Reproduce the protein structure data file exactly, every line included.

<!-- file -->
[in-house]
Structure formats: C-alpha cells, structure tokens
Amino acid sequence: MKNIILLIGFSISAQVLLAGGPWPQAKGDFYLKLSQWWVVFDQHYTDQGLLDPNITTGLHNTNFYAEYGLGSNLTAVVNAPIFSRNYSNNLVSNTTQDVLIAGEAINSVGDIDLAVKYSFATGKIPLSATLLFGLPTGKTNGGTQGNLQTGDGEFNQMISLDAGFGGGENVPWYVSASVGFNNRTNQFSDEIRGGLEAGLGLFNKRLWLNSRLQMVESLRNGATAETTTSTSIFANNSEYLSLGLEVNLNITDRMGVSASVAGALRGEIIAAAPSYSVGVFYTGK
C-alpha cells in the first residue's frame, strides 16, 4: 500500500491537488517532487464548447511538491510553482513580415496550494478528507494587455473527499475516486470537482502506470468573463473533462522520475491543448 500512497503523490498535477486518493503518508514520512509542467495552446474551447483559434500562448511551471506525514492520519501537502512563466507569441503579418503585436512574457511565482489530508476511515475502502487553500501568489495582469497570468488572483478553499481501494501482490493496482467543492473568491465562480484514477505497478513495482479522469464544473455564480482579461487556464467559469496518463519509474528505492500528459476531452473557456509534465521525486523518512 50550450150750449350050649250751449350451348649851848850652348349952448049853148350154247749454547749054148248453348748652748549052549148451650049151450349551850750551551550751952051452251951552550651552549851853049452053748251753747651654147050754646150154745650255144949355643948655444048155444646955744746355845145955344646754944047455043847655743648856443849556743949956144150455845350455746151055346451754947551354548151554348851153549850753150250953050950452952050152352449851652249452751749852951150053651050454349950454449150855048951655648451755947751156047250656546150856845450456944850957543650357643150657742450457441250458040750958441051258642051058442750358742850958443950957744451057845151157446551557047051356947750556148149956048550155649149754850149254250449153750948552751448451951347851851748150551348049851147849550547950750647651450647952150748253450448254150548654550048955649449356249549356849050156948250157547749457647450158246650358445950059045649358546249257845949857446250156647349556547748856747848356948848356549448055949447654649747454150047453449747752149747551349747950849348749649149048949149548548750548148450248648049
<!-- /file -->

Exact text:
[in-house]
Structure formats: C-alpha cells, structure tokens
Amino acid sequence: MKNIILLIGFSISAQVLLAGGPWPQAKGDFYLKLSQWWVVFDQHYTDQGLLDPNITTGLHNTNFYAEYGLGSNLTAVVNAPIFSRNYSNNLVSNTTQDVLIAGEAINSVGDIDLAVKYSFATGKIPLSATLLFGLPTGKTNGGTQGNLQTGDGEFNQMISLDAGFGGGENVPWYVSASVGFNNRTNQFSDEIRGGLEAGLGLFNKRLWLNSRLQMVESLRNGATAETTTSTSIFANNSEYLSLGLEVNLNITDRMGVSASVAGALRGEIIAAAPSYSVGVFYTGK
C-alpha cells in the first residue's frame, strides 16, 4: 500500500491537488517532487464548447511538491510553482513580415496550494478528507494587455473527499475516486470537482502506470468573463473533462522520475491543448 500512497503523490498535477486518493503518508514520512509542467495552446474551447483559434500562448511551471506525514492520519501537502512563466507569441503579418503585436512574457511565482489530508476511515475502502487553500501568489495582469497570468488572483478553499481501494501482490493496482467543492473568491465562480484514477505497478513495482479522469464544473455564480482579461487556464467559469496518463519509474528505492500528459476531452473557456509534465521525486523518512 50550450150750449350050649250751449350451348649851848850652348349952448049853148350154247749454547749054148248453348748652748549052549148451650049151450349551850750551551550751952051452251951552550651552549851853049452053748251753747651654147050754646150154745650255144949355643948655444048155444646955744746355845145955344646754944047455043847655743648856443849556743949956144150455845350455746151055346451754947551354548151554348851153549850753150250953050950452952050152352449851652249452751749852951150053651050454349950454449150855048951655648451755947751156047250656546150856845450456944850957543650357643150657742450457441250458040750958441051258642051058442750358742850958443950957744451057845151157446551557047051356947750556148149956048550155649149754850149254250449153750948552751448451951347851851748150551348049851147849550547950750647651450647952150748253450448254150548654550048955649449356249549356849050156948250157547749457647450158246650358445950059045649358546249257845949857446250156647349556547748856747848356948848356549448055949447654649747454150047453449747752149747551349747950849348749649149048949149548548750548148450248648049